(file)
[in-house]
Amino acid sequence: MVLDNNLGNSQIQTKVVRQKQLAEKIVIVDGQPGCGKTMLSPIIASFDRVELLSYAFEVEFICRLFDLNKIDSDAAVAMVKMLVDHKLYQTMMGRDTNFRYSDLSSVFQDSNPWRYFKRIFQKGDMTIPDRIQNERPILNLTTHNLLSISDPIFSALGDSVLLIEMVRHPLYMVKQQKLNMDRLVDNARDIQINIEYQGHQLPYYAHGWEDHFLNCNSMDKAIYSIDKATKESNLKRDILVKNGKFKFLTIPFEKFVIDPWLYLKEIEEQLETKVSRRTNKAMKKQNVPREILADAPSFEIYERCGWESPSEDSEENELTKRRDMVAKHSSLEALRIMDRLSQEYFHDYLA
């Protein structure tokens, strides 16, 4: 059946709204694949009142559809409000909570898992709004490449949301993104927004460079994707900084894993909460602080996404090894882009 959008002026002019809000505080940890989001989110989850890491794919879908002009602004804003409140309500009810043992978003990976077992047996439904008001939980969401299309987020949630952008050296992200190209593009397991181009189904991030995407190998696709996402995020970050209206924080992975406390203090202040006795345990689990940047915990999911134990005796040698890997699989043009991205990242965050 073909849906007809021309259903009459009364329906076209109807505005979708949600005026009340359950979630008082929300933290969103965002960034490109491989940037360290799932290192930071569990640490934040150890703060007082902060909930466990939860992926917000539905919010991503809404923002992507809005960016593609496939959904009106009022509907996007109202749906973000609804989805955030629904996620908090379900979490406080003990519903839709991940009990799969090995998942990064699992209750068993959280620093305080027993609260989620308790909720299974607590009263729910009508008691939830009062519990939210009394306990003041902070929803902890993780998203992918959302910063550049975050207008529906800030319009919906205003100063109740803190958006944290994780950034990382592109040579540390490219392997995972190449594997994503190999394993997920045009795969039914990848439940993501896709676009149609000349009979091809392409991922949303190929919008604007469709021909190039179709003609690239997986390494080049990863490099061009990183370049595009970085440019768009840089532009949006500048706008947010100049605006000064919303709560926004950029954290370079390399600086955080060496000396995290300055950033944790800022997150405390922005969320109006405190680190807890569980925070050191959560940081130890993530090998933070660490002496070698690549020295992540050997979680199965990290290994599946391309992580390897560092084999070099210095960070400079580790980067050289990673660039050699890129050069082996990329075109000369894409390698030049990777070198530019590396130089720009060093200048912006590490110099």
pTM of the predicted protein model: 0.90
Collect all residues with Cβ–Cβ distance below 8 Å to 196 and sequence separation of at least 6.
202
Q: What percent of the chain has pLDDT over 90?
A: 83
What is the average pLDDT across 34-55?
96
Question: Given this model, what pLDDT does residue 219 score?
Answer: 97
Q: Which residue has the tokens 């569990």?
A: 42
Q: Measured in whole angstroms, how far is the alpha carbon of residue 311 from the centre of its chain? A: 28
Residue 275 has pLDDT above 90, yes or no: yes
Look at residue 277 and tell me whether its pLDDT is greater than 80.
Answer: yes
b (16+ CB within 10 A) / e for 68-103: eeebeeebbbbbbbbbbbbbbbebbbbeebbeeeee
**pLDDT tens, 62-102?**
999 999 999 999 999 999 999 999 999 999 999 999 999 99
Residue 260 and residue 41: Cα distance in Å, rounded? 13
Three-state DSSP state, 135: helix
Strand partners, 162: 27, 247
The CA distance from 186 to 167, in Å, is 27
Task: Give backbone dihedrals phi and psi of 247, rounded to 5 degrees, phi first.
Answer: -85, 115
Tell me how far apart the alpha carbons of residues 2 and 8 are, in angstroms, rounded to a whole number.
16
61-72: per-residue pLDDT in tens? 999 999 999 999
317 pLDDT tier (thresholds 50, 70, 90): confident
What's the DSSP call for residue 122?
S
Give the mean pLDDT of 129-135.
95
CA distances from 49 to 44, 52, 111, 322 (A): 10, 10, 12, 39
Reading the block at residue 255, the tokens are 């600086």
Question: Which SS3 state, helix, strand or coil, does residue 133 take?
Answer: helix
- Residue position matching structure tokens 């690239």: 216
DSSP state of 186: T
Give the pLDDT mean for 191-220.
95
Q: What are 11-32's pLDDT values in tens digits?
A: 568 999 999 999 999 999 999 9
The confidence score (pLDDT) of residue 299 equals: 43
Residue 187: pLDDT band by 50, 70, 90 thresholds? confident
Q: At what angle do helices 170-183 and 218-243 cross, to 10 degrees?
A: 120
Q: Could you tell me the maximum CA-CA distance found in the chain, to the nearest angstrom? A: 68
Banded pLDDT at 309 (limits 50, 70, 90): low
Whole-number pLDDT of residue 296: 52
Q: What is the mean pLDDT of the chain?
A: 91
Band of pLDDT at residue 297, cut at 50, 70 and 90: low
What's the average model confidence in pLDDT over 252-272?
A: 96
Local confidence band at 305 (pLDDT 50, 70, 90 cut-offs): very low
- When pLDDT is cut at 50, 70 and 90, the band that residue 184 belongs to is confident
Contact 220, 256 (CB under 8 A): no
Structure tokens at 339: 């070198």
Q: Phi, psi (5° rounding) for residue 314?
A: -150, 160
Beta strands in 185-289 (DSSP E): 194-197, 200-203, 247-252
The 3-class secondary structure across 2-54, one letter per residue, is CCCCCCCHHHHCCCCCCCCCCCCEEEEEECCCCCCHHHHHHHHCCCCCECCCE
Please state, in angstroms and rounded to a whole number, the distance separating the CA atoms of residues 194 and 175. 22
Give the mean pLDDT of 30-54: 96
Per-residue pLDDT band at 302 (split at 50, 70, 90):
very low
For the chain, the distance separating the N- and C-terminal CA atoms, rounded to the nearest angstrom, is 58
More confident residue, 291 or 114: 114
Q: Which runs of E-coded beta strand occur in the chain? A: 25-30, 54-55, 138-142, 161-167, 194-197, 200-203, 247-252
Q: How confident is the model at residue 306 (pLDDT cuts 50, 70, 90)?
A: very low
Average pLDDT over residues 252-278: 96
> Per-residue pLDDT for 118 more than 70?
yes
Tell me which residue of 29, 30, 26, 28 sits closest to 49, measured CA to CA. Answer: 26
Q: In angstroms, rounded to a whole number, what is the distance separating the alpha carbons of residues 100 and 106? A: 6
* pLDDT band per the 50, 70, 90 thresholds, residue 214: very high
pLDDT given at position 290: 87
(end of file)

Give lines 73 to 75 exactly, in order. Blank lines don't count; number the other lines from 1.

Q: How confident is the model at residue 306 (pLDDT cuts 50, 70, 90)?
A: very low
Average pLDDT over residues 252-278: 96